I attended all 13 years of my public education in the Meridian school system at Linder Elementary, Meridian Middle School, and Meridian High School.
Academically, I was gifted in mathematics. I took various science electives along the way including biology, chemistry, and physics. In high school, I found a passion for technical work, excelling in a CNC machining course, which lead to student competitions, teaching assistant work, and exciting projects using CNC mills, lathes, and laser etchers. My affinity for technical work extended to the garage, where fixing and improving vehicles was a common passtime.
Finding a passion for film-based photography, I spent free time in the dark room, processing film and prints. I also spent time as a teaching assistant for a photography course, applying my technical abilites to the clean room processing chemicals and hardware.
I finished my high school courses a semester ahead of my classmates and walked with them in spring of 2005.
Bachelor of Arts
During my first undergraduate experience, I sharpened my skills in communication, leadership, public speaking, graphic design, and video production. Media production, both still and video, allowed me to blend my technical and artistic talents. My work in media production manifested in graphic design of t-shirts during employment at McU Sports and volunteering for video coverage of the winter Special Olympics in Boise, Idaho.
I honed by skills in public speaking through public speaking courses and participation in the Talking Broncos debate team. I further honed my critial thinking skills by study of media and its effects on society, as well as courses in logic and philosophy.
I graduated in December of 2009, at the depth of the Great Recession.
Bachelor of Science
My interest in materials science and engineering had its nexus in a friendship I established with two students of the materials science program at Boise State University through serendipitous circumstances. I started the program in the fall of 2011.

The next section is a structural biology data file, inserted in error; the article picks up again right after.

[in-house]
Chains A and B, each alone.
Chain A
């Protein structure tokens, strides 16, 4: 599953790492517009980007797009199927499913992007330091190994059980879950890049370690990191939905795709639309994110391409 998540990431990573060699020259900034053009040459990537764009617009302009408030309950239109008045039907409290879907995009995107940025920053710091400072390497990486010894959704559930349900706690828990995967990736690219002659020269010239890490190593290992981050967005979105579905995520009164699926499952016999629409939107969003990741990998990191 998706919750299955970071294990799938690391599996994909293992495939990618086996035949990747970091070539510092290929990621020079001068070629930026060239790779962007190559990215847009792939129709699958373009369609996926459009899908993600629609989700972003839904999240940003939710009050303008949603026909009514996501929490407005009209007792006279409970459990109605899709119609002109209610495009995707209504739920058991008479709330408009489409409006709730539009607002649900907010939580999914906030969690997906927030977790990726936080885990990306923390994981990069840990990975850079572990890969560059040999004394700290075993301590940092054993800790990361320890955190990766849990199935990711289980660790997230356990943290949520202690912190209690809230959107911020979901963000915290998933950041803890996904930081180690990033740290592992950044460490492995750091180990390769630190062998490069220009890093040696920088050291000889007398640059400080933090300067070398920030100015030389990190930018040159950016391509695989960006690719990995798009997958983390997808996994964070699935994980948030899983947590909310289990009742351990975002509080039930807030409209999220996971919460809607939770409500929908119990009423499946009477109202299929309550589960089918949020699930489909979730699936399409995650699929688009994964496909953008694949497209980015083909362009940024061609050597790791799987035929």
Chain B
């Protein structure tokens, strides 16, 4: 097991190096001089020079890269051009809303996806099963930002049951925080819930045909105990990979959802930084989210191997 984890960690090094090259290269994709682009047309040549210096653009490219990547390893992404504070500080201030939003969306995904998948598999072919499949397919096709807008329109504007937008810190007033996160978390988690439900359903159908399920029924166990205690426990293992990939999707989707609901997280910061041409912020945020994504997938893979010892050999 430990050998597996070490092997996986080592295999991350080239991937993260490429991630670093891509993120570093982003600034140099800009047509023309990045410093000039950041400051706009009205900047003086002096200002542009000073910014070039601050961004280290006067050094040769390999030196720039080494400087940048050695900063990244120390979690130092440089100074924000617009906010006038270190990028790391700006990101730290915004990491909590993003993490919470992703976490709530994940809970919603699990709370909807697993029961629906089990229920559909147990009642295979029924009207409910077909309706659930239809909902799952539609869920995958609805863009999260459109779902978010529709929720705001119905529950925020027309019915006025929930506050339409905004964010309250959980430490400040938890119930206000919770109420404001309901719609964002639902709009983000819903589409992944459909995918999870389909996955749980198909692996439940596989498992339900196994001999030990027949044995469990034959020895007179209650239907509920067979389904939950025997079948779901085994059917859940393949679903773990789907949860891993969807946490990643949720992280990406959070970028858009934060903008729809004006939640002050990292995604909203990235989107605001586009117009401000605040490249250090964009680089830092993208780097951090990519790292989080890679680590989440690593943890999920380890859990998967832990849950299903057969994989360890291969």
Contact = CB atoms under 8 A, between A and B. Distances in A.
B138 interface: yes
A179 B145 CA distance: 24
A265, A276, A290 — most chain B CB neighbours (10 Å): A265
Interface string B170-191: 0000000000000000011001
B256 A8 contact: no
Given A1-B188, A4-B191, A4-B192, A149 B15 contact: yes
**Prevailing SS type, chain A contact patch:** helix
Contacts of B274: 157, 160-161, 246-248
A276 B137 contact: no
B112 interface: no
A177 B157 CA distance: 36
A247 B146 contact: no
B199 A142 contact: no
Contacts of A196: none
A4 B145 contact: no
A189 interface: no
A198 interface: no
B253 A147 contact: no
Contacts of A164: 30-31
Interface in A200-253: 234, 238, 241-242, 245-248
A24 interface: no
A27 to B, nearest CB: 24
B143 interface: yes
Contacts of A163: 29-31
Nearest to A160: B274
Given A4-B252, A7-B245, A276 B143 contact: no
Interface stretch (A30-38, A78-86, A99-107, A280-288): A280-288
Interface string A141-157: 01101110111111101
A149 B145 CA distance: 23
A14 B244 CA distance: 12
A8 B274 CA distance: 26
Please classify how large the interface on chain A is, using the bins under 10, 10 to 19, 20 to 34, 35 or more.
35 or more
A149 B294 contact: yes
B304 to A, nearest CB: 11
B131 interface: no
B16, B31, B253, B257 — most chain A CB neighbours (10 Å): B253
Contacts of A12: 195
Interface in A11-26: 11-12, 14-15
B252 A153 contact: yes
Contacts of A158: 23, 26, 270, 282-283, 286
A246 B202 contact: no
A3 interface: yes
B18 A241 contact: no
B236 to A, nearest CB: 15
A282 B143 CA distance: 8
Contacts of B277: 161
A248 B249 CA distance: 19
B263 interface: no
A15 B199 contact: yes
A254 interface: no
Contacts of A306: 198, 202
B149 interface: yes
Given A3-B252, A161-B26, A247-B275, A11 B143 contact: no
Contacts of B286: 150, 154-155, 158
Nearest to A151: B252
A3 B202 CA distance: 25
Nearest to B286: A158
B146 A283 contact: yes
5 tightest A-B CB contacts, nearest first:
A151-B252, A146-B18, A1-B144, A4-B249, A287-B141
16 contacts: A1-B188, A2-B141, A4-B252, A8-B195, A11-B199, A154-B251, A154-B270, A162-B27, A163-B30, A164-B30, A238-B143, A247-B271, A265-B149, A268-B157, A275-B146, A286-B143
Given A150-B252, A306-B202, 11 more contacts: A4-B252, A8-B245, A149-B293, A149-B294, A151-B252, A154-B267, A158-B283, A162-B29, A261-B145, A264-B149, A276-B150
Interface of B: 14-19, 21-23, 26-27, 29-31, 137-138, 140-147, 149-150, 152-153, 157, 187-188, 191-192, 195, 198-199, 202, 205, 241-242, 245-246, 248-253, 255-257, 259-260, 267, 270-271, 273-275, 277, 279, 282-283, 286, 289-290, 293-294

Although lacking mathematical practice for 6+ years, I found success early in the program. My honed college student skills and maturity allowed me to engage with the physics, chemistry, and calculus avalanche in a fullfilling way, creating a strong foundation for the upper division courses, where I was able to apply the knowledge to materials science problems.
Involvement in the Functional Ceramics Research Group, under the leadership of Dr. Rick Ubic, was my first exposure to research. Through this, I learned about solid state processing and materials characterization methods. I used my public speaking skills to present the findings of the work at multiple conferences through poster presentations.
During my undergraduate years, I spent two summers in the Summer Undergraduate Research Fellowship program at the National Institute of Standards and Technology and received an internship at Micron Technology during my senior year.
I spent two terms as a Presidents Council of Student Advisors Selected Delegate for the American Ceramic Society, during which I attended business meetings and developed outreach materials for the organization with a team of other students from around the nation. For this, I was awarded the Ambassador award upon graduation from the program.
The capstone project of my senior year focused on surface morphology and surface particle reduction of thermal plasma-sprayed ceramic coatings for reaction vessels manufactured by NxEdge.
I graduate with highest honors in the spring of 2015.
Doctor of Philosophy (PhD)
In the fall of 2015, I began my graduate studies in the Materials Science program at Colorado School of Mines. The doctoral program challenged my level of understanding though a select set of intensive courses, culminating in the qualification exam, which I passed in the spring of 2016.
Beyond the classroom, duties as a teaching assistant required the development and execution of undergraduate labs, facilitating homework help sessions, grading, and various other department responsibilities. I excelled in these roles and was recognized in 2017 as an Outstanding MME Teaching Assistant by the Department of Metallurgical and Materials Engineering.
My graduate research was conducted at the National Renewable Energy Laboratory as part of the high-throughput materials discovery team. Here, I worked on a team funded by the National Science Foundation's Designing Materials to Revolutionize and Engineer our Future (DMREF) program to investigate new potential piezoelectric nitride materials. This work also took me to synchrotron radiation sources for beamline experiments.
I presented the results of my research at multiple conferences, both domestic and international. I drafted and managed teams of authors to produce published manuscripts of the work, while contributing to other publications as well.
In the effort to push high-throughput materials discovery methods forward, I spent a significant amount of time developing hardware capabilities of vacuum deposition systems and thin film characterization instruments. I also led a team of scientists in the creation of a experimental data management package known as COMBIgor for Igor Pro.
I graduated in 2019 and my dissertation was awarded the 2020 Morgan Medal and Global Distinguished Doctoral Dissertation Award by the American Ceramic Society.